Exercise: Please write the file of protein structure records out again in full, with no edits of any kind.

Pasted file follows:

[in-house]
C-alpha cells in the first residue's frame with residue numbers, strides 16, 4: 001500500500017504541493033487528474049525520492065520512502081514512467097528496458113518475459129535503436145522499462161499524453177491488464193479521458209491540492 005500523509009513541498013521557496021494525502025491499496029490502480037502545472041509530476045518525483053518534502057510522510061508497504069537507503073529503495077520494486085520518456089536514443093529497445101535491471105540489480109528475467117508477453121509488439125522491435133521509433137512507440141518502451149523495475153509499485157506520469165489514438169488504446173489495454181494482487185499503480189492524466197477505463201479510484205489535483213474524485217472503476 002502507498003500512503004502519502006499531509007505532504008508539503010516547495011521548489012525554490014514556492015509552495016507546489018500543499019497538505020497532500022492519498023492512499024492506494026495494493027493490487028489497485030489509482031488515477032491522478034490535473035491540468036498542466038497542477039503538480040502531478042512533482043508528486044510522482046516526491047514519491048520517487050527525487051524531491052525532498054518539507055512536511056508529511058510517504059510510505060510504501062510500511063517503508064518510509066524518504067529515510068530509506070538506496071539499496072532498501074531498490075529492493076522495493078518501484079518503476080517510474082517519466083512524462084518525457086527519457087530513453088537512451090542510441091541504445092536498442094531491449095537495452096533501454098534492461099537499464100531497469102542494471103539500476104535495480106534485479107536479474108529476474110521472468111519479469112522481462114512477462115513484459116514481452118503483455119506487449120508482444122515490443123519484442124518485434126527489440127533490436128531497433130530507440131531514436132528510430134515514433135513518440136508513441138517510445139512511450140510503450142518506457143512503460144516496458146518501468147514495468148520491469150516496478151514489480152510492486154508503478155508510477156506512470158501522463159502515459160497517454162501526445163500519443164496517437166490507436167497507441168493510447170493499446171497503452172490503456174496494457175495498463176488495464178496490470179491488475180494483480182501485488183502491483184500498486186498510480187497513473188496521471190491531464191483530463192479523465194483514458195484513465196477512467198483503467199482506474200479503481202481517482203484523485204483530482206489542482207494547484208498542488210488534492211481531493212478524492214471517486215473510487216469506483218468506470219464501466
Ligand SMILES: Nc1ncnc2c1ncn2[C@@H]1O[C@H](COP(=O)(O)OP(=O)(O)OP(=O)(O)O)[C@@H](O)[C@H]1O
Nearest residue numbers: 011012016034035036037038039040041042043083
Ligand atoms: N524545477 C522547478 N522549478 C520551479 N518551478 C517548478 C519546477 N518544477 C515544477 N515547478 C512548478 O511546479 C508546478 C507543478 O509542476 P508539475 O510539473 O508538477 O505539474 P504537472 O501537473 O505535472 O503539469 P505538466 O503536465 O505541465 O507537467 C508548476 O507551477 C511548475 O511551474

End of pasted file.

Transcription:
[in-house]
C-alpha cells in the first residue's frame with residue numbers, strides 16, 4: 001500500500017504541493033487528474049525520492065520512502081514512467097528496458113518475459129535503436145522499462161499524453177491488464193479521458209491540492 005500523509009513541498013521557496021494525502025491499496029490502480037502545472041509530476045518525483053518534502057510522510061508497504069537507503073529503495077520494486085520518456089536514443093529497445101535491471105540489480109528475467117508477453121509488439125522491435133521509433137512507440141518502451149523495475153509499485157506520469165489514438169488504446173489495454181494482487185499503480189492524466197477505463201479510484205489535483213474524485217472503476 002502507498003500512503004502519502006499531509007505532504008508539503010516547495011521548489012525554490014514556492015509552495016507546489018500543499019497538505020497532500022492519498023492512499024492506494026495494493027493490487028489497485030489509482031488515477032491522478034490535473035491540468036498542466038497542477039503538480040502531478042512533482043508528486044510522482046516526491047514519491048520517487050527525487051524531491052525532498054518539507055512536511056508529511058510517504059510510505060510504501062510500511063517503508064518510509066524518504067529515510068530509506070538506496071539499496072532498501074531498490075529492493076522495493078518501484079518503476080517510474082517519466083512524462084518525457086527519457087530513453088537512451090542510441091541504445092536498442094531491449095537495452096533501454098534492461099537499464100531497469102542494471103539500476104535495480106534485479107536479474108529476474110521472468111519479469112522481462114512477462115513484459116514481452118503483455119506487449120508482444122515490443123519484442124518485434126527489440127533490436128531497433130530507440131531514436132528510430134515514433135513518440136508513441138517510445139512511450140510503450142518506457143512503460144516496458146518501468147514495468148520491469150516496478151514489480152510492486154508503478155508510477156506512470158501522463159502515459160497517454162501526445163500519443164496517437166490507436167497507441168493510447170493499446171497503452172490503456174496494457175495498463176488495464178496490470179491488475180494483480182501485488183502491483184500498486186498510480187497513473188496521471190491531464191483530463192479523465194483514458195484513465196477512467198483503467199482506474200479503481202481517482203484523485204483530482206489542482207494547484208498542488210488534492211481531493212478524492214471517486215473510487216469506483218468506470219464501466
Ligand SMILES: Nc1ncnc2c1ncn2[C@@H]1O[C@H](COP(=O)(O)OP(=O)(O)OP(=O)(O)O)[C@@H](O)[C@H]1O
Nearest residue numbers: 011012016034035036037038039040041042043083
Ligand atoms: N524545477 C522547478 N522549478 C520551479 N518551478 C517548478 C519546477 N518544477 C515544477 N515547478 C512548478 O511546479 C508546478 C507543478 O509542476 P508539475 O510539473 O508538477 O505539474 P504537472 O501537473 O505535472 O503539469 P505538466 O503536465 O505541465 O507537467 C508548476 O507551477 C511548475 O511551474